Defending Ted Kennedy's Big Spending: "Well, That Is What the Government Is For"

Congressional reporter Carl Hulse on Thursday paid tribute to Sen. Ted Kennedy, diagnosed earlier this week with an inoperable brain tumor, in "Kennedy: A Little Like Everyone, a Lot Like No One Else." But Hulse went beyond acknowledging Kennedy's influence as a legislator to pushthefamous Massachusetts' senator'sbig-government worldview: "And if some of his solutions cost the government some money, well, that is what the government is for." Doesn't he mean "that's what taxpayers are for"?

Congress is rife with types: the Serious Legislator, the Bomb Thrower, the Show Horse, the Workhorse, the Blowhard, the Orator, the Partisan, the Statesman, the Prima Donna, the Mentor, the Old-fashioned Pol and the Visionary.

Senator Edward M. Kennedy is the rare man who shows flashes of them all, making him a singular senator, one of the last towering figures on a stage where the players and the performances seem to be shrinking even as the problems expand.


Mr. Kennedy has also dared to legislate at a time when passing laws has seemed less important than scoring political points. While others nibble around the policy edges, he has in recent years taken on immigration and a major education overhaul and played a primary role in the biggest expansion of Medicare since its inception. His efforts on immigration and the Medicare prescription drug benefit in particular made some of his own Democratic colleagues nervous as they feared he was so determined to legislate that he might deprive them of a political talking point.

Mr. Kennedy, 76, may be the last of his kind for a number of reasons, not the least of which is that few people will log nearly a half-century in the Senate. Mr. Kennedy sought an exit in 1980, running unsuccessfully for president. That failure unintentionally freed him to make his mark as a legislator, having a more significant impact over a longer period than a president could.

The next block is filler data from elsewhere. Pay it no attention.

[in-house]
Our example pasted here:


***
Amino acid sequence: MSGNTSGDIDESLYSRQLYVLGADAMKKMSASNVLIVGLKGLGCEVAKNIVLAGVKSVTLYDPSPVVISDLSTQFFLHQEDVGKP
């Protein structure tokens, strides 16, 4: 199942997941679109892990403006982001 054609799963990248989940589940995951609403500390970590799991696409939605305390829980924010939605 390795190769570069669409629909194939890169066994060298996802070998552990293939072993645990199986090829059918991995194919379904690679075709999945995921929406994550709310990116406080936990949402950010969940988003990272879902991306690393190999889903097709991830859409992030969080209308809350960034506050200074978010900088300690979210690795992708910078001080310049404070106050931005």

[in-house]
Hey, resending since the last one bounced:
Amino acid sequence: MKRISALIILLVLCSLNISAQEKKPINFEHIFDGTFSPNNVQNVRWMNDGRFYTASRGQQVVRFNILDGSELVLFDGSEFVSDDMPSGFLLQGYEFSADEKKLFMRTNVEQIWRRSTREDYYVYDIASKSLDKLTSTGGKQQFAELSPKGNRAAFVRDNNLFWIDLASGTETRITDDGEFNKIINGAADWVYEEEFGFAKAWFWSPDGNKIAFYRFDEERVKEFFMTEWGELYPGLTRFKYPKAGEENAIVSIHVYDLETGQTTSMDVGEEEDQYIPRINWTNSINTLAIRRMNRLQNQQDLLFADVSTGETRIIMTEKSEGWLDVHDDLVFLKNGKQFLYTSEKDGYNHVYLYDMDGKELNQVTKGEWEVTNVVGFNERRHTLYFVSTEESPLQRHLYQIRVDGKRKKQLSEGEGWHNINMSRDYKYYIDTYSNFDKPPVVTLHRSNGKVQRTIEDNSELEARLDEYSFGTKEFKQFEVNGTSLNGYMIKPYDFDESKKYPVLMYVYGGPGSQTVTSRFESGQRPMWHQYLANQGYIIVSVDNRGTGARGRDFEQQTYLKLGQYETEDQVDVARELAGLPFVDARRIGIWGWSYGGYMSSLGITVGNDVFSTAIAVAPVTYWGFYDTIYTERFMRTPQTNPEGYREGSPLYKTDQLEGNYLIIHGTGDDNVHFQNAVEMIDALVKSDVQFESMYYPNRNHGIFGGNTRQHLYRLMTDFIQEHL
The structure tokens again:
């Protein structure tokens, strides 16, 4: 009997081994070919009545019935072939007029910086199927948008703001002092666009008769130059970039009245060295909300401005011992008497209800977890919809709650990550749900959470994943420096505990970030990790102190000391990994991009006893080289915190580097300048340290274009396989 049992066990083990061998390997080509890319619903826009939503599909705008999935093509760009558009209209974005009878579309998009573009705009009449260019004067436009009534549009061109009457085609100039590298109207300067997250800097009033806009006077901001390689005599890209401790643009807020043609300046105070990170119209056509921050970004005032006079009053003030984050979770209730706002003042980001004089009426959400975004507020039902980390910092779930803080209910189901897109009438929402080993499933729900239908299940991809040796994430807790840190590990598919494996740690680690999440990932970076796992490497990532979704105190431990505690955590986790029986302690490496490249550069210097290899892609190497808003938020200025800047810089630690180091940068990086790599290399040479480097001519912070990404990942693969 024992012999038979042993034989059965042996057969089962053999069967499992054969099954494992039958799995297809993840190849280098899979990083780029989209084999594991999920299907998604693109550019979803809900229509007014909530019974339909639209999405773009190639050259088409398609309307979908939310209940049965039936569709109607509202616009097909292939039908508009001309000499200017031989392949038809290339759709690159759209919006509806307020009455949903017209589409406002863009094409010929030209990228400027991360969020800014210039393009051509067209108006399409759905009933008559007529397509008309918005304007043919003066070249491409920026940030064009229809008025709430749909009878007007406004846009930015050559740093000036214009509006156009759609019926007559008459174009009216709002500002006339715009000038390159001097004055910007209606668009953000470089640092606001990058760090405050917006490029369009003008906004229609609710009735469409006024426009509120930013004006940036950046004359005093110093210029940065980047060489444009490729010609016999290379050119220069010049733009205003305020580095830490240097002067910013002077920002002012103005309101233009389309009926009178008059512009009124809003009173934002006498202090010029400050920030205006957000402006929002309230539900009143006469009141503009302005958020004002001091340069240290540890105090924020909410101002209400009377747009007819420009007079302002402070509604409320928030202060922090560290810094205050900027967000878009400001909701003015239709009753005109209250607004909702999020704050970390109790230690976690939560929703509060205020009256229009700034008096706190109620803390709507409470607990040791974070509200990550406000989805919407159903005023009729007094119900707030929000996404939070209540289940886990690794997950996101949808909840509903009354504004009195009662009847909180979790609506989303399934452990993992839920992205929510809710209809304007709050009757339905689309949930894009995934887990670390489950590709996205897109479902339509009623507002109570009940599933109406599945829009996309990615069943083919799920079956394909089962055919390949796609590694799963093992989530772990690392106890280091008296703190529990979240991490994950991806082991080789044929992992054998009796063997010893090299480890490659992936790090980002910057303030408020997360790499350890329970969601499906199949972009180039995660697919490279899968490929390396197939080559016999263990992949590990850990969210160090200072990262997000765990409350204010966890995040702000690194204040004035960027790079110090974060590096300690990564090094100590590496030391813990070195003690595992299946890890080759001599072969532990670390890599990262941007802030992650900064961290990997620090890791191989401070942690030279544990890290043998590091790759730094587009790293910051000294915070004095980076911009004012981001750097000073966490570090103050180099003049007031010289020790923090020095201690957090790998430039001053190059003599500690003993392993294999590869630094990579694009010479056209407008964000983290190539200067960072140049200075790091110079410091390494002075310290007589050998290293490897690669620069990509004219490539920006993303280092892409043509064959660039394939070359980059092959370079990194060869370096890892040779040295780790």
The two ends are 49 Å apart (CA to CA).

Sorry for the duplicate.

No mention of Mary Jo Kopechne as a reason Kennedy may not have wowed the voters in 1980.

But the culture is changing. Though this year has been an exception, ambitious politicians have not viewed the Senate as the best springboard to the White House, looking instead to governorships as they hope to avoid the Washington insider stigma.

Even those who choose Washington tend to specialize. Pursuing legislation can be tedious, time-consuming and highly frustrating. And few are willing to take the risks that Mr. Kennedy has in attacking the big topics of the day, hammering away at the injustices he sees, leaving him red-faced and shouting on the floor, his voice carrying into the surrounding hallways without benefit of C-Span. And if some of his solutions cost the government some money, well, that is what the government is for.

At least Hulse doesn't insist in calling Kennedy a "Democrat from Massachusetts" (not a liberal), as the Times usually does:

Mr. Kennedy is one of the Senate's few celebrities, yet he does not rely on that status to push his agenda. His signature skill is forging consensus on social initiatives. He is uniquely qualified to do it, a fierce liberal who has the credibility in his party to cut a deal with the opposition, and the confidence from the opposition that he will keep his word.